3. Creating keyframes in Set Key mode
      3m 37s
    4. Editing keyframes in the timeline
      1m 24s
    5. Editing position keys with trajectories
      3m 5s
    6. Editing function curves in the Curve Editor
      8m 33s
    7. Creating keyframes in Auto Key mode
      5m 55s
    8. Building up animation in passes
      5m 34s
    9. Editing keyframes in the Dope Sheet
      7m 53s
  14. 21m 23s
    1. Understanding controllers
      2m 53s
    2. Assigning a Link constraint
      2m 27s
    3. Adding link targets in the Motion panel
      1m 56s
    4. Animating constrained objects
      4m 47s
    5. Constraining animation to a path
      9m 20s
  15. 54m 32s
    1. Understanding CG lighting
      5m 56s
    2. Creating a target spotlight
      2m 6s
    3. Adjusting intensity and color
      2m 33s
    4. Setting spotlight Hotspot and Falloff
      3m 0s
    5. Correcting gamma
      5m 31s
    6. Previewing renders with ActiveShade
      3m 13s
    7. Controlling contrast and highlights
      2m 59s
    8. Choosing a shadow type
      2m 56s
    9. Optimizing shadow maps
      7m 4s
    10. Optimizing area shadows
      6m 9s
    11. Creating Omni fill lights
      6m 16s
    12. Using the Light Lister
      2m 49s
    13. Excluding objects from lights
      4m 0s
  16. 27m 21s
    1. Using the Slate Material Editor
      3m 28s
    2. Choosing material and shading types
      4m 0s
    3. Working with scene materials
      4m 49s
    4. Adjusting specular parameters
      5m 53s
    5. Assigning Multi/Sub-Object materials
      9m 11s
  17. 46m 48s
    1. Applying 3D procedural maps
      8m 34s
    2. Working with bitmap image files
      4m 32s
    3. Tracking scene assets
      7m 32s
    4. Projecting UVW mapping
      3m 3s
    5. Using Real-World Map Size
      3m 50s
    6. Mapping a bump channel
      2m 25s
    7. Adding reflections with a Raytrace map
      6m 47s
    8. Painting objects with Viewport Canvas
      10m 5s
  18. 19m 27s
    1. Choosing a renderer
      6m 7s
    2. Choosing Quicksilver options
      2m 33s
    3. Enabling motion blur in the software renderer
      3m 38s
    4. Rendering image sequences
      3m 58s
    5. Playing image sequences in the RAM Player
      3m 11s
  19. 15m 37s
    1. Controlling mental ray sample quality
      4m 28s
    2. Tuning Final Gather
      5m 15s
    3. Enabling motion blur in mental ray
      3m 18s
    4. Distance blurring with depth of field
      2m 36s
  20. 24s
    1. Goodbye
      24s

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Watch the Online Video Course 3ds Max 2015 Essential Training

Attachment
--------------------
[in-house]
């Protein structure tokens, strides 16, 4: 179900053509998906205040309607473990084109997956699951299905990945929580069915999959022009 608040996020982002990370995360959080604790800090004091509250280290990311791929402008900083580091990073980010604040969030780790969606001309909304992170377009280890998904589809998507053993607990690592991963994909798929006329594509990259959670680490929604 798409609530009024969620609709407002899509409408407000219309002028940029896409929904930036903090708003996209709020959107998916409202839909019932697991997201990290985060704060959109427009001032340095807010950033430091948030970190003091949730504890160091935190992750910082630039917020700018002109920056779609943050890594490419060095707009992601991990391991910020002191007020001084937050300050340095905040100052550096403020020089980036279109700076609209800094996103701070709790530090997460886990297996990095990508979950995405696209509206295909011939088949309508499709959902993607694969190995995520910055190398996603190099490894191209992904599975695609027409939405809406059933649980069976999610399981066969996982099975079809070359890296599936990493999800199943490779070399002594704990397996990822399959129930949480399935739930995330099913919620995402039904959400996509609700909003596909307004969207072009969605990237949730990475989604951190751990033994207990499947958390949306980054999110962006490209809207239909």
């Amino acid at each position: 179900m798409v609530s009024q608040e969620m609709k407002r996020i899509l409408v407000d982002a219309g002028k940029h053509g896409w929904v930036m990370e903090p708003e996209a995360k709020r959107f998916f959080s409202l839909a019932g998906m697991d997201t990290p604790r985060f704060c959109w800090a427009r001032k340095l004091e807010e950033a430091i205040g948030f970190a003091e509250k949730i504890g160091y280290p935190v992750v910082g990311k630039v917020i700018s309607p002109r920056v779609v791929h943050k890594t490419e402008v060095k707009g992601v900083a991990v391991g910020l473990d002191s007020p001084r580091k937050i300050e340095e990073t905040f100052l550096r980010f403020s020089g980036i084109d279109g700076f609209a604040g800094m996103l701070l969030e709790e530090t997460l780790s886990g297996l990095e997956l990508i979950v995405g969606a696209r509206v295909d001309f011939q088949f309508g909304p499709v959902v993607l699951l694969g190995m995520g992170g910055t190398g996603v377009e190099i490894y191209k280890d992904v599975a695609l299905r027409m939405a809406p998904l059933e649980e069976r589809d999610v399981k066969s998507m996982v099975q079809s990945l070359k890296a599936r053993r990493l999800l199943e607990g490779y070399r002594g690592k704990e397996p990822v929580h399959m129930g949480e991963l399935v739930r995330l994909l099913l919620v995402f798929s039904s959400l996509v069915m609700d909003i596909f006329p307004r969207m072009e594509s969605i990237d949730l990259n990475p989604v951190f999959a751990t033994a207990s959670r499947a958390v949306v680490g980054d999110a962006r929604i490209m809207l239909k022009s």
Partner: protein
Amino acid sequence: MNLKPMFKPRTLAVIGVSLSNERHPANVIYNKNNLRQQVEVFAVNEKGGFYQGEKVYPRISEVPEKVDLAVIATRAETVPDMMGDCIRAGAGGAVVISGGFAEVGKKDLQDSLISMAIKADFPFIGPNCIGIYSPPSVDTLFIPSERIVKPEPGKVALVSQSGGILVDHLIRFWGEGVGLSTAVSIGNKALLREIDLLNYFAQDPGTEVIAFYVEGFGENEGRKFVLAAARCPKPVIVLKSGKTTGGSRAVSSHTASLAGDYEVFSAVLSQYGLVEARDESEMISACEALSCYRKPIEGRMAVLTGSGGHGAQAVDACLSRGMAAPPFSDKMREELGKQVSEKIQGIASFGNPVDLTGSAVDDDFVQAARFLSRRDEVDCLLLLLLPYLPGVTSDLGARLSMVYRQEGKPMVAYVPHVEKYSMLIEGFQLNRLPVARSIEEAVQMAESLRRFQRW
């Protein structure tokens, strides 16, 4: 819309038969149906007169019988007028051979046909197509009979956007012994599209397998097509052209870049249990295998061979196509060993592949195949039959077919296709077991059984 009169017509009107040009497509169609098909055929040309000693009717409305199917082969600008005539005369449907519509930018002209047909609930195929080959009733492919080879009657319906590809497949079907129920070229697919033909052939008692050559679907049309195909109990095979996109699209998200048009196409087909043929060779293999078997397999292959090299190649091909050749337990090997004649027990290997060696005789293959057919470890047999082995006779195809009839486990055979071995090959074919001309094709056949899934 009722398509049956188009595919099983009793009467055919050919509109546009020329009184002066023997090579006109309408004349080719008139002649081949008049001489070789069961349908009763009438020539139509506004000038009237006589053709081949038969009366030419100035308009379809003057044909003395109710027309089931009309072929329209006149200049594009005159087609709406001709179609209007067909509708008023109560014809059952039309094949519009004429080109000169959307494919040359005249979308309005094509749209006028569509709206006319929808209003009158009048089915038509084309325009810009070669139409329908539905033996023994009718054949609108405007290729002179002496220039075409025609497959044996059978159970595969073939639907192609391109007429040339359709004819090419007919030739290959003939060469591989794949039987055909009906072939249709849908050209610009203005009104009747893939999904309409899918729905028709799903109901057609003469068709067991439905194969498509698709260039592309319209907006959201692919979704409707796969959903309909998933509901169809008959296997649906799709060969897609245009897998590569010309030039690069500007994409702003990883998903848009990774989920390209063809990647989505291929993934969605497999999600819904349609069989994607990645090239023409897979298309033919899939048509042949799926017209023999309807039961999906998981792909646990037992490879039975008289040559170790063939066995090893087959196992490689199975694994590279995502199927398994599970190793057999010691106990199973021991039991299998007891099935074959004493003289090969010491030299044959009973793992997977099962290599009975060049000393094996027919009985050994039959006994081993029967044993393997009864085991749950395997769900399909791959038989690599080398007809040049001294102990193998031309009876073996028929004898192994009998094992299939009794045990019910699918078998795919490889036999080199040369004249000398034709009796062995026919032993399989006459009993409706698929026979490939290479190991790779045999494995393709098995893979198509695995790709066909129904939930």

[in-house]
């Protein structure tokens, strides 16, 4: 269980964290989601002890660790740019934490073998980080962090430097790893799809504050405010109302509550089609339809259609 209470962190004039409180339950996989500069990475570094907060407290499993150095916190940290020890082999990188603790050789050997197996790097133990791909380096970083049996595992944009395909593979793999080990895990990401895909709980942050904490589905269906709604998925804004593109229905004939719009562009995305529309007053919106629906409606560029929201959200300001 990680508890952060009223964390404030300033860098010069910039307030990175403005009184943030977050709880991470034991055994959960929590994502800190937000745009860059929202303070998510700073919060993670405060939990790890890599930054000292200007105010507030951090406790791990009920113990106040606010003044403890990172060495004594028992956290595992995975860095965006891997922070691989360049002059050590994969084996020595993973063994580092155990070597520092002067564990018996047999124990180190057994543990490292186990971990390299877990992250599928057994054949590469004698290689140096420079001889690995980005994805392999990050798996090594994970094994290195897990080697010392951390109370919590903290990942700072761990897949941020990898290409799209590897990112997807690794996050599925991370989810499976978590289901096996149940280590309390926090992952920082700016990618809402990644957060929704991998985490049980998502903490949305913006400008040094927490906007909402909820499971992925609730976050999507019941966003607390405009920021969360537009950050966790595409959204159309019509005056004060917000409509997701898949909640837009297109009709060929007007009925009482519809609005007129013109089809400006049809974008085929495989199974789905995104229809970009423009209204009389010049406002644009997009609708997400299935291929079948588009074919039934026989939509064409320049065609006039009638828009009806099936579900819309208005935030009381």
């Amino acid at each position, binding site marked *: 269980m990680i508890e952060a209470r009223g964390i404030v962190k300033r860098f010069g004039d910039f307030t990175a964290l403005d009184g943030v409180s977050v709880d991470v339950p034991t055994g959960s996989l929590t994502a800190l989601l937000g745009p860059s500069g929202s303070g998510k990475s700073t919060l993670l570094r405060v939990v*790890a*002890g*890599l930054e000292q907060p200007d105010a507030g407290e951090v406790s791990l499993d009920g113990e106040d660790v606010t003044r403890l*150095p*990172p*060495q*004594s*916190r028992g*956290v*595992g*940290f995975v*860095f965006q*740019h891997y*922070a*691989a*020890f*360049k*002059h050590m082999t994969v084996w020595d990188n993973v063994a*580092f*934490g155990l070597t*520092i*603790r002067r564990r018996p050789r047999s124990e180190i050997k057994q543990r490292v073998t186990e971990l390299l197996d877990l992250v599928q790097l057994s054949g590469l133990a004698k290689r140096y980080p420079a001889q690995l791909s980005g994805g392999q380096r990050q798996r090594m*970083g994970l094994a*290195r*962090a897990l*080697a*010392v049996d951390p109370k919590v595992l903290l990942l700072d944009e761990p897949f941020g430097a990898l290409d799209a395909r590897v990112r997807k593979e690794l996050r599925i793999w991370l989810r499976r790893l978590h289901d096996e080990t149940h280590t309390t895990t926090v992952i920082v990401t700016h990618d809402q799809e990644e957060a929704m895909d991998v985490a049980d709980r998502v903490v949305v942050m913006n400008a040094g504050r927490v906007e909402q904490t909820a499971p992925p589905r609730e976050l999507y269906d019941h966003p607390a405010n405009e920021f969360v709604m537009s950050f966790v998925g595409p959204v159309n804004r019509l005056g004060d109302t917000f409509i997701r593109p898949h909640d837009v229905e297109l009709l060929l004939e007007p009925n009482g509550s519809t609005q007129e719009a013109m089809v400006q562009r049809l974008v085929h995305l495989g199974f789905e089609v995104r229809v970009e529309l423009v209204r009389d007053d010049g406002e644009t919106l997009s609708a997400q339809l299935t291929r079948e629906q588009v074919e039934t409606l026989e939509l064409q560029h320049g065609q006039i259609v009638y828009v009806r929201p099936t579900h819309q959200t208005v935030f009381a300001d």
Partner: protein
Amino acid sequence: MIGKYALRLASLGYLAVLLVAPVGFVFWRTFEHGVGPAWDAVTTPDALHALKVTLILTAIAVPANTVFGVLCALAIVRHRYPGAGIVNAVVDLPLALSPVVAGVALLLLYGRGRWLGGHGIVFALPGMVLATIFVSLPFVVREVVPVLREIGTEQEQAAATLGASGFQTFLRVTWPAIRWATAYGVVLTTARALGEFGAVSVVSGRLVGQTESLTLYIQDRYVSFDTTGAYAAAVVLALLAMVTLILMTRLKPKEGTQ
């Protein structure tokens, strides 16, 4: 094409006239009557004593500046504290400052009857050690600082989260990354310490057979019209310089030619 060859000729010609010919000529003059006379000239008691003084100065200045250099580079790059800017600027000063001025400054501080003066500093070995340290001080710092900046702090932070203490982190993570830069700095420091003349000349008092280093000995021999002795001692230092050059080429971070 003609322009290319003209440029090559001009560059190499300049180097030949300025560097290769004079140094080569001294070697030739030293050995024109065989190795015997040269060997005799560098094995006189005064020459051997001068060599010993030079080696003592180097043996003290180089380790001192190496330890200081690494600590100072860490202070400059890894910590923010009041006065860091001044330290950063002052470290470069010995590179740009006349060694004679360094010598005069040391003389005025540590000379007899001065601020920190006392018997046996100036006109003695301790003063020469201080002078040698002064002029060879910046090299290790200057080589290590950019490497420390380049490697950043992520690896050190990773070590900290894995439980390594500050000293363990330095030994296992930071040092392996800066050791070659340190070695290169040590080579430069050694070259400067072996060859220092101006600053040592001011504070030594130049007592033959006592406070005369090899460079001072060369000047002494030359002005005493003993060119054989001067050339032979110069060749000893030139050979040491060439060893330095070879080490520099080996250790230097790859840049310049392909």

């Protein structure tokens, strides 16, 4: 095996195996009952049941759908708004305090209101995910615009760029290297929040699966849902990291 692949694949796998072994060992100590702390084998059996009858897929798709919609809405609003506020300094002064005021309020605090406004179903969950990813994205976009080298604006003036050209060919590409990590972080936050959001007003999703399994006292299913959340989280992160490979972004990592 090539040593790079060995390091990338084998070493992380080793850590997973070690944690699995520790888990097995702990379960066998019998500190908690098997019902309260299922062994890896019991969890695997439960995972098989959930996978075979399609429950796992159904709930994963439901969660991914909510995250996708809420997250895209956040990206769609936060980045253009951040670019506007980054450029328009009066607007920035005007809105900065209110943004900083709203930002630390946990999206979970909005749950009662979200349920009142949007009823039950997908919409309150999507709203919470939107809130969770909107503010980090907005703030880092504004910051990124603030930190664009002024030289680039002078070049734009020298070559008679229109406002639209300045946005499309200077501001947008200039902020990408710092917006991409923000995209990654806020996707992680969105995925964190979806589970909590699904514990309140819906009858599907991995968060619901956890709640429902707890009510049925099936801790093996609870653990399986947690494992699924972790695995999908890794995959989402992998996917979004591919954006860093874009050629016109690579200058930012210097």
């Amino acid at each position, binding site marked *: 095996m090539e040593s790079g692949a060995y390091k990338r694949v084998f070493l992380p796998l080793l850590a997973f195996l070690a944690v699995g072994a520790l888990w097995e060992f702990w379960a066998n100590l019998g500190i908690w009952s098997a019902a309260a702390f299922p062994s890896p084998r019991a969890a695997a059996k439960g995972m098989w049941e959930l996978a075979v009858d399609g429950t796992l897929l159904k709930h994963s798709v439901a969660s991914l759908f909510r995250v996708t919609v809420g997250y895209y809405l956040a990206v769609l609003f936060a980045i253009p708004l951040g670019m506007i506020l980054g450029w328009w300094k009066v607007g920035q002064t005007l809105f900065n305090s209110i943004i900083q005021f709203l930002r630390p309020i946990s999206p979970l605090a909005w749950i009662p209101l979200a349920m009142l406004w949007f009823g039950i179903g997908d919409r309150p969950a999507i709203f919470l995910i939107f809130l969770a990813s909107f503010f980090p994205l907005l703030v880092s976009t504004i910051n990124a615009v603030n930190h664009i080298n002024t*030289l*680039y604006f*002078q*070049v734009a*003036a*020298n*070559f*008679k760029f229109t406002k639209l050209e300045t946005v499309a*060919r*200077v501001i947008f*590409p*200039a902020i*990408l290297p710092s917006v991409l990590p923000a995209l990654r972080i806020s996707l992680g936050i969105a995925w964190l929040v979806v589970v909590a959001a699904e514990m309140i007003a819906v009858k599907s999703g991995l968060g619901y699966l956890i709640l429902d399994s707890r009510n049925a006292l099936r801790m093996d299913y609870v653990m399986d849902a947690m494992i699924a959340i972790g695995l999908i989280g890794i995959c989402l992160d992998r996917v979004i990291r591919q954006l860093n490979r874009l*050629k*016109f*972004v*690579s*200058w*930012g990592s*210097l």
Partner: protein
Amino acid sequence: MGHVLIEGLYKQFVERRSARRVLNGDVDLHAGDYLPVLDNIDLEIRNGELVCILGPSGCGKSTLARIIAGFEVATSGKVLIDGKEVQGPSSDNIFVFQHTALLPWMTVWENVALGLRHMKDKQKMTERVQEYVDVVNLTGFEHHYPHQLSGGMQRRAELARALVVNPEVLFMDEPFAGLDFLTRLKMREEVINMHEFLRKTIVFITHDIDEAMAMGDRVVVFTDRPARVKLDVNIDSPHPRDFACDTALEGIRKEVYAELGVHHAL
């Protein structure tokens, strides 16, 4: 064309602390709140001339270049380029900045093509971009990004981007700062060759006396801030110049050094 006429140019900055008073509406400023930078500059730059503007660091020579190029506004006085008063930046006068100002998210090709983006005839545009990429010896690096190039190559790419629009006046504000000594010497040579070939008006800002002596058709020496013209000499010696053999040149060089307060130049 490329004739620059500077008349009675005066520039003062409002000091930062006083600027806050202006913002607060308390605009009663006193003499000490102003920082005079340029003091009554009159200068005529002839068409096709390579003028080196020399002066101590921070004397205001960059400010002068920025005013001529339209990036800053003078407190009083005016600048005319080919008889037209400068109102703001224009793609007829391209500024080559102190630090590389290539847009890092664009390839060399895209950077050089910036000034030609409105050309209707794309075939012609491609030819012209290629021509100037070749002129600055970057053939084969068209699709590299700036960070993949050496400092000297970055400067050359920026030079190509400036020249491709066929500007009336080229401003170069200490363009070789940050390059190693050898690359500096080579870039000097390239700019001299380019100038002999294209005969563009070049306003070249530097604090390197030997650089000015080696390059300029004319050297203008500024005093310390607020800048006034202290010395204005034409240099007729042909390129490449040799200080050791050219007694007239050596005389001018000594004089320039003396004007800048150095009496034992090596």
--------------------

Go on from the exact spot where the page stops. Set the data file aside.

10h 43m Beginner May 13, 2014

Viewers: in countries Watching now:

In this course, Aaron F. Ross covers all the features you'll need to start creating advanced 3D models and animation with 3ds Max 2015. Learn the most suitable techniques for modeling different types of objects, from splines and NURBS to polygonal and subdivision surface modeling. Then learn how to design 3D motion graphics, set up cameras, animate with keyframes, and assign constraints. Aaron also provides an overview of lighting scenes within a simple studio setup, and construction of materials with the Slate Material Editor. Finally, learn about your hardware and software rendering options, and make your projects more realistic with motion blur, indirect illumination, and depth of field.

Topics include:
  • Navigating the interface and viewports
  • Understanding the Modifier Stack
  • Modeling with polygons and subdivision surfaces
  • Freeform sculpting
  • Modeling with splines and NURBS
  • Linking objects in hierarchies
  • Modeling for motion graphics
  • Framing shots with cameras
  • Creating and editing keyframes
  • Controlling lights and shadows
  • Building materials
  • Texturing with bitmaps and procedurals
  • Painting objects with Viewport Canvas
  • Rendering a sequence
  • Adding special effects with mental ray
Subject:
3D + Animation
Software:
3ds Max
Author:
Aaron F. Ross

Optimizing shadow maps

Shadow maps are pixel based, and they have advantages and disadvantages. One advantage is they're fast. They render quickly. One disadvantage is that they don't respect opacity. So if you have a transparent object, it will cast a perfectly black shadow. So if you want really realistic shadows, you want to use area shadows. If you want quick and dirty fast renderings, and just a little bit of blur on there is good enough, then use shadow maps.

Let's look at the parameters for shadow maps so we can use them to their best advantage. I'm going to select that light, once I've got the light loaded here in the modify panel, I'm just going to pin the stack. Click that button and that way we won't lose these parameters even if we deselect, so we can always get back to these. Let's try shadow maps, turn on shadow map. And in the perspective view you can se that it looks kind of grainy. But if you do a proper rendering, you will see something different. So let's select that perspective view and click on render production.